Friday 25 April
Those who have been shortlisted for an interview will hear by Tuesday 29 April.
Interviews will be held on Friday 2 May.
As soon as possible.
To apply, please send a CV with a covering letter to Emma Welfare
Address: 23 East Street, Lewes, BN7 2LJ
Tel: 01273 480268.
*MP’s key Points of Concern upheld
*MP demands apology from council to people of Seaford
“Substantial issues have been identified which need to be acknowledged as requiring urgent attention”. So states the independent reviewer, Sheelagh Douglas, drafted in to consider the ten points of concern set out by Seaford’s MP Norman Baker in his press release of January 20th.
- The MP alleged a culture of bullying: the Report identifies shortcomings in personnel handling (most of Ms Douglas’s conclusions on this point are in a confidential annex not available to the MP)
- The MP complained of an almost endemic failure of the council to answer letters: the Report says “The evidence supports the general view that it is often difficult to get replies to correspondence or telephone calls to the Town Council
- The MP complained of huge delays in dealing with relatively simple administrative matters: the Report says “It is…clear that Town Council processes have been less than efficient…and that management has failed….The Museum Trust deserve an unequivocal apology for the way in which the issue of their lease has been dealt with.”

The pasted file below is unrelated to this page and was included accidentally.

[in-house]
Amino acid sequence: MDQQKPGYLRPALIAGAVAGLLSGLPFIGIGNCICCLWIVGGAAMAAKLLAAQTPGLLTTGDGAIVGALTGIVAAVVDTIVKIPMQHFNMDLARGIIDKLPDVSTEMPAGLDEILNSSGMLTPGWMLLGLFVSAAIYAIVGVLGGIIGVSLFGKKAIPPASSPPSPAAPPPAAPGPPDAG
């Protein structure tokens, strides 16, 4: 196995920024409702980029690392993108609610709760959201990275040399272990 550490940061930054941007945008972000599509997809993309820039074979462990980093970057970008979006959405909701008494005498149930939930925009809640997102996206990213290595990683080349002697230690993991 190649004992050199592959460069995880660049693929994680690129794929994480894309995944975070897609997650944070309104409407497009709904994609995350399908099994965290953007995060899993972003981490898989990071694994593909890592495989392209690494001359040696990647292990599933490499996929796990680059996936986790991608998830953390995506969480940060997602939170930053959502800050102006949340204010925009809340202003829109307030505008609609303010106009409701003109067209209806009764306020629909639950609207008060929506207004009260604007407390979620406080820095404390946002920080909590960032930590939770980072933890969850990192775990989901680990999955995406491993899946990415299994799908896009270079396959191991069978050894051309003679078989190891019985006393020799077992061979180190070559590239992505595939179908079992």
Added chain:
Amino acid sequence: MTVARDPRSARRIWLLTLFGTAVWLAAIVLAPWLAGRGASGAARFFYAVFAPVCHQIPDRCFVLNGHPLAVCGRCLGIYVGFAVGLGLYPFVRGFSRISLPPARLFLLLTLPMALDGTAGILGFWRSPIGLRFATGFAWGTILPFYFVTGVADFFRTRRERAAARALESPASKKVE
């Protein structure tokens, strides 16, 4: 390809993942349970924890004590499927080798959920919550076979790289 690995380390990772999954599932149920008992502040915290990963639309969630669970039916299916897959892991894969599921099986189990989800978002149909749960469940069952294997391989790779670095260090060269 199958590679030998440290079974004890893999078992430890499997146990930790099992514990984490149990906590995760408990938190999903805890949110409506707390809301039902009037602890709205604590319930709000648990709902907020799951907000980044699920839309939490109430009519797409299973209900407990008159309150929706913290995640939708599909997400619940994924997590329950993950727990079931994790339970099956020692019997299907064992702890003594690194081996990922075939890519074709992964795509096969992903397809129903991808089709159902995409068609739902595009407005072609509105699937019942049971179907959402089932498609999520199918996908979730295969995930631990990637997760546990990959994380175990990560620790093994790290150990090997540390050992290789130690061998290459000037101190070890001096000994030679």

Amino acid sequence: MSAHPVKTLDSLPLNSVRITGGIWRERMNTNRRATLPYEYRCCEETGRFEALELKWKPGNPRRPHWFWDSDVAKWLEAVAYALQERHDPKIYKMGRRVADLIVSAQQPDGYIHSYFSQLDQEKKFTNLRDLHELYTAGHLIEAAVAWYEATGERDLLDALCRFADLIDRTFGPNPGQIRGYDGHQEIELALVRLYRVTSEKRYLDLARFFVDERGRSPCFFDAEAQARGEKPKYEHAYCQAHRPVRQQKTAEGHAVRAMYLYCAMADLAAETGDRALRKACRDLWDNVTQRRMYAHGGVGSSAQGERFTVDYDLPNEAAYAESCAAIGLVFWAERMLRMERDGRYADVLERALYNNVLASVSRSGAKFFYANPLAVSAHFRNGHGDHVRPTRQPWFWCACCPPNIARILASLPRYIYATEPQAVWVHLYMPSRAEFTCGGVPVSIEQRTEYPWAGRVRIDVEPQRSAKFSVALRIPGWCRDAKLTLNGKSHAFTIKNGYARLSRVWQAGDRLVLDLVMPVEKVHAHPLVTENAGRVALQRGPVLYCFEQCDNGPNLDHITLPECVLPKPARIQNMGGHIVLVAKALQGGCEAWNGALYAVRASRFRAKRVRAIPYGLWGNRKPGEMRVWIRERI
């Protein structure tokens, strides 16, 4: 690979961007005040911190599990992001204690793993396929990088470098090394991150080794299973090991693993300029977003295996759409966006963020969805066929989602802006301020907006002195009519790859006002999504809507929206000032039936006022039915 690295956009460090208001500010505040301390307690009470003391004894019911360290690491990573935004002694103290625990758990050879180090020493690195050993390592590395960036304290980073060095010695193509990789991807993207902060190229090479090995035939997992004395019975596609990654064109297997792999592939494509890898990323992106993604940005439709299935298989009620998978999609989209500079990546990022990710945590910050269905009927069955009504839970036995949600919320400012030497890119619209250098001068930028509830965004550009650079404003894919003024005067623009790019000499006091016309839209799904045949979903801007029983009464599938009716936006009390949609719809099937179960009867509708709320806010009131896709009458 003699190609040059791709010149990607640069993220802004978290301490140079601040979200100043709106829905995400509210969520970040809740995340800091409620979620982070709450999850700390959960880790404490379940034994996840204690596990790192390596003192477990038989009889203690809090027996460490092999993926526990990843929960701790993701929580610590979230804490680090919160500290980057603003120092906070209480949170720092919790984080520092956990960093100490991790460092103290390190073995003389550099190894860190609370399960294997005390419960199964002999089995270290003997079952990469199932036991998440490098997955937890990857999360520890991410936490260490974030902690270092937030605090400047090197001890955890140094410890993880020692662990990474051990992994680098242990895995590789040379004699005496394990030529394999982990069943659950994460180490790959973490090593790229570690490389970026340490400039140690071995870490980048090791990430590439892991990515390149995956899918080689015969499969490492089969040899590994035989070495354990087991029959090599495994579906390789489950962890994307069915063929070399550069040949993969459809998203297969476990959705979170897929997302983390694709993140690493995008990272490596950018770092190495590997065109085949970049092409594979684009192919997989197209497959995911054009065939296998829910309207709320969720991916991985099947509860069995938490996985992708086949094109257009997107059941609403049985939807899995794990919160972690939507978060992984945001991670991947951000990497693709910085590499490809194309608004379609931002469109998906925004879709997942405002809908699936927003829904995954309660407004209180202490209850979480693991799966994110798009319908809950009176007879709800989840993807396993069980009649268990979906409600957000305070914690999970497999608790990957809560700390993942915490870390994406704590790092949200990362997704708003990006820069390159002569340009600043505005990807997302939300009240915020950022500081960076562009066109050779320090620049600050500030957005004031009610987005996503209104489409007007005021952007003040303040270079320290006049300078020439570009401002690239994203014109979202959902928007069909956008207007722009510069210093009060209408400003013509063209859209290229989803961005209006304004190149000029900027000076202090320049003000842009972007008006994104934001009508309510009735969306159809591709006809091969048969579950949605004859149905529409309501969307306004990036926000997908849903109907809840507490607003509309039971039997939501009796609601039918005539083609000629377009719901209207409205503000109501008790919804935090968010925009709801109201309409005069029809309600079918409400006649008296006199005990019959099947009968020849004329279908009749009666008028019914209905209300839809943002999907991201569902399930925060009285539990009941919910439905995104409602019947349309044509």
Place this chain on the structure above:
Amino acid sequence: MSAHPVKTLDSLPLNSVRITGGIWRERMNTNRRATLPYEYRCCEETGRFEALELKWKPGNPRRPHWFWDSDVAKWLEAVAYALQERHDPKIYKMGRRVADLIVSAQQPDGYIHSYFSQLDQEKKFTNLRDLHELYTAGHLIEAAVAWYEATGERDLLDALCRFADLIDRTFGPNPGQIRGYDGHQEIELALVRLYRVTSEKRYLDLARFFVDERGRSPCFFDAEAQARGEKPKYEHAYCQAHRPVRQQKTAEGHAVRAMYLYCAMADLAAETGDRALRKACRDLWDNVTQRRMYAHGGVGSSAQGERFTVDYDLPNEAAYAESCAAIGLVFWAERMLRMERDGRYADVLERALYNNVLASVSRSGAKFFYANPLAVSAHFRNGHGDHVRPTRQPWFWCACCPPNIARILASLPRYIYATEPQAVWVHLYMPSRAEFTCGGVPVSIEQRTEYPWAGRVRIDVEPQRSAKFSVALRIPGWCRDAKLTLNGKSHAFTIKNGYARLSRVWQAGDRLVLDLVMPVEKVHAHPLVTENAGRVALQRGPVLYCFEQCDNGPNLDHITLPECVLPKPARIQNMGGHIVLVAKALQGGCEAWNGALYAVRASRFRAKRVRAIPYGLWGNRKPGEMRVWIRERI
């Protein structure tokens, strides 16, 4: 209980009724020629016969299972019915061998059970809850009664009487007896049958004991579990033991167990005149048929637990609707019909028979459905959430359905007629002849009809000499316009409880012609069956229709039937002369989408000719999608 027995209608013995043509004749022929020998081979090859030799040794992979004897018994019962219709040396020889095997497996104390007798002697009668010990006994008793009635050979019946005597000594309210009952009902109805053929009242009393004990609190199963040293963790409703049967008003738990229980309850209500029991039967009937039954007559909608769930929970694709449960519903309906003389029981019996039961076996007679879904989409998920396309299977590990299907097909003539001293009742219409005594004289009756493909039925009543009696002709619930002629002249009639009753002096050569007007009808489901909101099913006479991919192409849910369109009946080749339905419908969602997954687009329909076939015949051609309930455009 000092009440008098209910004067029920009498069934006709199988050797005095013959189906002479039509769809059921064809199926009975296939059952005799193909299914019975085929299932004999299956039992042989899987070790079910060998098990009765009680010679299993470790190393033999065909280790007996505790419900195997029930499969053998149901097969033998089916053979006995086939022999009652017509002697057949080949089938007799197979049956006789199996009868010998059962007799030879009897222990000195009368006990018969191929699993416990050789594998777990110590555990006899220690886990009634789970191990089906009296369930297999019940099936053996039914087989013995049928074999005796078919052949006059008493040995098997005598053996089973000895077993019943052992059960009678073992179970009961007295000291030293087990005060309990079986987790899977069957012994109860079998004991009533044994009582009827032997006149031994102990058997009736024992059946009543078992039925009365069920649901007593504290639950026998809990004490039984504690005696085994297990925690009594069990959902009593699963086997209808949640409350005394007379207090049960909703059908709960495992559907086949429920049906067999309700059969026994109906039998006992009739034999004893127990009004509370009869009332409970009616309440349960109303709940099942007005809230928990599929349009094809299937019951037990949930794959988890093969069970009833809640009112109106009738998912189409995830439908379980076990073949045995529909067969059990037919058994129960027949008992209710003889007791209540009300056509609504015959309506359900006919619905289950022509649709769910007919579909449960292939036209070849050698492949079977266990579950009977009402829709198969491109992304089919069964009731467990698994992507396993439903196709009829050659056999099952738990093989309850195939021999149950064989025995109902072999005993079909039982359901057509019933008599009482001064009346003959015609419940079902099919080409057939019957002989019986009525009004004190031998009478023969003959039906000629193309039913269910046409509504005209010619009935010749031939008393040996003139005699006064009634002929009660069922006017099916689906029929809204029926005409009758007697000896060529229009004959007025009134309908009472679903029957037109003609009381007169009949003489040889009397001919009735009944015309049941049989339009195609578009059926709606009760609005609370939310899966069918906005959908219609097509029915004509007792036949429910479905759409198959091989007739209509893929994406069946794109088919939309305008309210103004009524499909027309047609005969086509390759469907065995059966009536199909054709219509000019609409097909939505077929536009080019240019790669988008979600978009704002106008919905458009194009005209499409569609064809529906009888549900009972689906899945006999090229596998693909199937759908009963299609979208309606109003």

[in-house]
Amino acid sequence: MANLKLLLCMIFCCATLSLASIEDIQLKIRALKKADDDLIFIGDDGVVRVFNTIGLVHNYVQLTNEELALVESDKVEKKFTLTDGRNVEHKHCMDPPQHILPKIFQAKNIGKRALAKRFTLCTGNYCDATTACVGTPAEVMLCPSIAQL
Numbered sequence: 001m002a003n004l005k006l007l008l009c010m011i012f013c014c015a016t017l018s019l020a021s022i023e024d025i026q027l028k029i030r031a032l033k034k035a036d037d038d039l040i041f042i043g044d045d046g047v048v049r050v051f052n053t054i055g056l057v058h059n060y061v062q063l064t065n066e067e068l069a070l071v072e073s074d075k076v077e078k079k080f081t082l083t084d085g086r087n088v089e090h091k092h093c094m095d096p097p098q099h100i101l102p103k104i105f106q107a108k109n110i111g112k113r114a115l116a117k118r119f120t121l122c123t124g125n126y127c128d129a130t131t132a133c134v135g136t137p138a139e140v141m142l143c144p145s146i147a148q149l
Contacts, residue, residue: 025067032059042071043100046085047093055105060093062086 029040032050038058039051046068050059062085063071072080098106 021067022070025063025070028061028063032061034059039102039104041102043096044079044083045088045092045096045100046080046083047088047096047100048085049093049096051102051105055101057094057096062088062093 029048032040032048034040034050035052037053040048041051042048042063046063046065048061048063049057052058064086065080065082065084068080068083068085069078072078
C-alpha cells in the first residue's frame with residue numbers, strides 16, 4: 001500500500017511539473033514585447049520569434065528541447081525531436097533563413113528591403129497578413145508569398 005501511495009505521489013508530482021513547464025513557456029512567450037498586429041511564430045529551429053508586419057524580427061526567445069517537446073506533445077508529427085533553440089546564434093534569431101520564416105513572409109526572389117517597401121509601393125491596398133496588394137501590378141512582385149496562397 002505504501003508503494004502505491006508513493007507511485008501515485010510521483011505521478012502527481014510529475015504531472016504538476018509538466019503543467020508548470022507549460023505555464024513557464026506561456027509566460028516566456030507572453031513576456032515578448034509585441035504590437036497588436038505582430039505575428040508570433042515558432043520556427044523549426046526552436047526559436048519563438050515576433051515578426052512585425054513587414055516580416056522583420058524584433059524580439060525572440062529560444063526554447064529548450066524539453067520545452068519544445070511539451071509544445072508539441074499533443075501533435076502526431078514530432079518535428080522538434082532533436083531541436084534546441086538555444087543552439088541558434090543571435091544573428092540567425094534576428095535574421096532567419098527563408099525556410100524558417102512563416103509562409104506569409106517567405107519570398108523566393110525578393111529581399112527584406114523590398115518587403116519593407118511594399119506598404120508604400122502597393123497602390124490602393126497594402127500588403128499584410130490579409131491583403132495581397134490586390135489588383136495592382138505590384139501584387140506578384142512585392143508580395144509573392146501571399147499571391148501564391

- The MP complained of the extent of delegation of matters to the town clerk: the Report says this has not been excessive, but adds that “inappropriate delegations” have been made
- The MP suggested endemic infighting within the controlling Conservative group was costing the town dear, not least by generating lots of by-elections: the Report says: “it appears that politicisation of the Council has delivered divisive approaches between and within political parties”
- The MP complained of spiralling costs from town council inaction over their property in Broad Street, Hurdis House: the Report says “the lack of timely and consistent action in respect of the lease is a proper matter for concern.
- The MP expressed concern about the bill being racked up for Seaford Head Golf Club. The Report says “there remains concern…about future targets and funding being achieved” and recommends that a proper risk assessment be carried out
Norman says: “I called for this investigation to take place because it was becoming clear to me, through my own experiences and those of my constituents, that Seaford Town Council was dysfunctional. This independent report proves that my main concerns were justified and that there are serious shortcomings in the Tory management of this council.
“Since 2011 the Conservatives on the Town Council have had five resignations and another leave their party. This is not a sign of a group capable of running a Town Council and the people of Seaford deserve much better than this.
“I hope now at last the Tory group will take its head out of the sand, stop denying there is a problem, and act on all the recommendations of the independent examiner. The first thing the Tory council should do is to apologise to my constituents in Seaford for the appalling service and lamentable management that has been the hallmark of this administration.”